A fiber-optic cable is a bundle of thousands of light-carrying glass threads. A start-up called Illumina in San Diego plans to put a test tube on the tip of each.
Born in the Tufts laboratory of chemist David Walt, the scheme uses hydrofluoric acid to etch a dimple at the end of each fiber. The teensy wells-each holds just a billionth of a microliter-can be filled with reagent-bearing beads or cells. Expose the bundle end to a patient’s blood or to a test chemical that induces a light-generating reaction and each test tube sends in a report via its fiber. Illumina is betting that the lab-on-a-tip will speed diagnostic tests, chemical sensing and genome experiments.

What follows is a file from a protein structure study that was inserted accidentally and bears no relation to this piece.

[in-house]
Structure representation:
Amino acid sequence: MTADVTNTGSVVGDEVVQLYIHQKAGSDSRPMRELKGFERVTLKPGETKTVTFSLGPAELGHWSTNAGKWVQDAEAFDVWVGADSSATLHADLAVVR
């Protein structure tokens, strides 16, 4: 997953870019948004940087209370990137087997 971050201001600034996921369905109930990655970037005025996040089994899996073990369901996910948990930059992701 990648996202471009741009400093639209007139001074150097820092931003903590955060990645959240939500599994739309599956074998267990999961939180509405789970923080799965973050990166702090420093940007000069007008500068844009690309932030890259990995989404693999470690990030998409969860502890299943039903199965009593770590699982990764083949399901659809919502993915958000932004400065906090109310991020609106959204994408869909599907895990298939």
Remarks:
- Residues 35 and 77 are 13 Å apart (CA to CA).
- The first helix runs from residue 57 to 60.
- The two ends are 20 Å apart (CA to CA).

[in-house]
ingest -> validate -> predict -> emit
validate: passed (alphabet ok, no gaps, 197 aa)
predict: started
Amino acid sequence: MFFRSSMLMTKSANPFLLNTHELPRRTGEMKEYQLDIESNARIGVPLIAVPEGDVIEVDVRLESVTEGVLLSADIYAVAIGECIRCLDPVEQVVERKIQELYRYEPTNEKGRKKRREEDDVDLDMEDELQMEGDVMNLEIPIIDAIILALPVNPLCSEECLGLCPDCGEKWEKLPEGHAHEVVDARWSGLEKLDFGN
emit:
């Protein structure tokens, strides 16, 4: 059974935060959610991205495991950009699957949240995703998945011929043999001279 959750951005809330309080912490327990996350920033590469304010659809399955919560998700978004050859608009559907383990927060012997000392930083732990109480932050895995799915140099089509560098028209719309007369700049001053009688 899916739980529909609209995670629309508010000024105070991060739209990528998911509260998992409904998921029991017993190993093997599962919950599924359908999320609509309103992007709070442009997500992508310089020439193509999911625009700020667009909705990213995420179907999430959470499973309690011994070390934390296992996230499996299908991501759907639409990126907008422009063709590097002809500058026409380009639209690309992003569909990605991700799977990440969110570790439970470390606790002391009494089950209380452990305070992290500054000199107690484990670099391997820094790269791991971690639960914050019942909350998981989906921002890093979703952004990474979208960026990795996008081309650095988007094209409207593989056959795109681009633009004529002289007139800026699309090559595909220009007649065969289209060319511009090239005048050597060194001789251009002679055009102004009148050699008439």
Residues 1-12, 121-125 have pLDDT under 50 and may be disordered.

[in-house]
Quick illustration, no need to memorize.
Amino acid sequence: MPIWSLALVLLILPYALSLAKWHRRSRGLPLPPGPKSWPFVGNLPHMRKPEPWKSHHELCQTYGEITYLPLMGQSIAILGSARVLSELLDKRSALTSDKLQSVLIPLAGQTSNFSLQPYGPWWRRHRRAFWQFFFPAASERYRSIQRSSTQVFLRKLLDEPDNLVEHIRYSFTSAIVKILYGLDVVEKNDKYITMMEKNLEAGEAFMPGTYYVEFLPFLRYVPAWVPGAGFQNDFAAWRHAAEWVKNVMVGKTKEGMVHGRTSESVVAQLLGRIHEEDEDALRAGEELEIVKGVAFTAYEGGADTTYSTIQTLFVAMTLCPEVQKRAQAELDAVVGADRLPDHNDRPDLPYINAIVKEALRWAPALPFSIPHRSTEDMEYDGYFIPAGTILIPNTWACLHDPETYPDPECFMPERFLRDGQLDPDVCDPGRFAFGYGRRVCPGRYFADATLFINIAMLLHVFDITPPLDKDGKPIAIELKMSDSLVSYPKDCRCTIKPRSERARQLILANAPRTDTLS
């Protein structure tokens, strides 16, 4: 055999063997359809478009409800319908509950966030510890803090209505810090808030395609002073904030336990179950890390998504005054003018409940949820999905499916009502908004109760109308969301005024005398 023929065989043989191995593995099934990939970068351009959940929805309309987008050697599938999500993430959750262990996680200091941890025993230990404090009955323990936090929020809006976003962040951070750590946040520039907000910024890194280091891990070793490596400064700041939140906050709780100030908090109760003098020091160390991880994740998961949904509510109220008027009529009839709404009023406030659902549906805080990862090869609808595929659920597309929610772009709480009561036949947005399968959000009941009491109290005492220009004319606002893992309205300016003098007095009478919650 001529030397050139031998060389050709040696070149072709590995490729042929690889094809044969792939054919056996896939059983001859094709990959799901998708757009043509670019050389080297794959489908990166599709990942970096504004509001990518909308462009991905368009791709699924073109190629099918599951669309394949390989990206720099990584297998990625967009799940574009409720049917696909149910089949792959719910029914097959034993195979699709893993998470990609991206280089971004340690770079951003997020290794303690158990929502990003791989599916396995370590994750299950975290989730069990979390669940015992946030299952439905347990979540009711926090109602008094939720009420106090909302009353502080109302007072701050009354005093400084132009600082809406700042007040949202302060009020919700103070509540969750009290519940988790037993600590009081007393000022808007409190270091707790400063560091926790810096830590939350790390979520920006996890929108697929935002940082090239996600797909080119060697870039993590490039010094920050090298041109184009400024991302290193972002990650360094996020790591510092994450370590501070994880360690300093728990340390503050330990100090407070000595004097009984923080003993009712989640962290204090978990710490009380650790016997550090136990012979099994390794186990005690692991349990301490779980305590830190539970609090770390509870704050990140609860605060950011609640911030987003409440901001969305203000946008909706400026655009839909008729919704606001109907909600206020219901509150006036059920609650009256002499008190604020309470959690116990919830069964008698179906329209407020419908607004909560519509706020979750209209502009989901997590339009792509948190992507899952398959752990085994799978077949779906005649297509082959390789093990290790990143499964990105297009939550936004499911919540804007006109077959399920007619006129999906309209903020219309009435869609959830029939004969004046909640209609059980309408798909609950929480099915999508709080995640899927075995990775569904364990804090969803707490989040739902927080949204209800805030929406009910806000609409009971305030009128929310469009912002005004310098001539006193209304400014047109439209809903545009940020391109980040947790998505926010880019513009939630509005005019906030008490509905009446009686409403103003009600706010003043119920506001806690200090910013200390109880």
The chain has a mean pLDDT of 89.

A Roomba recorded a woman on the toilet. How did screenshots end up on Facebook?
Robot vacuum companies say your images are safe, but a sprawling global supply chain for data from our devices creates risk.
A startup says it’s begun releasing particles into the atmosphere, in an effort to tweak the climate
Make Sunsets is already attempting to earn revenue for geoengineering, a move likely to provoke widespread criticism.
10 Breakthrough Technologies 2023
These exclusive satellite images show that Saudi Arabia’s sci-fi megacity is well underway
Weirdly, any recent work on The Line doesn’t show up on Google Maps. But we got the images anyway.
Get the latest updates from
MIT Technology Review
Discover special offers, top stories, upcoming events, and more.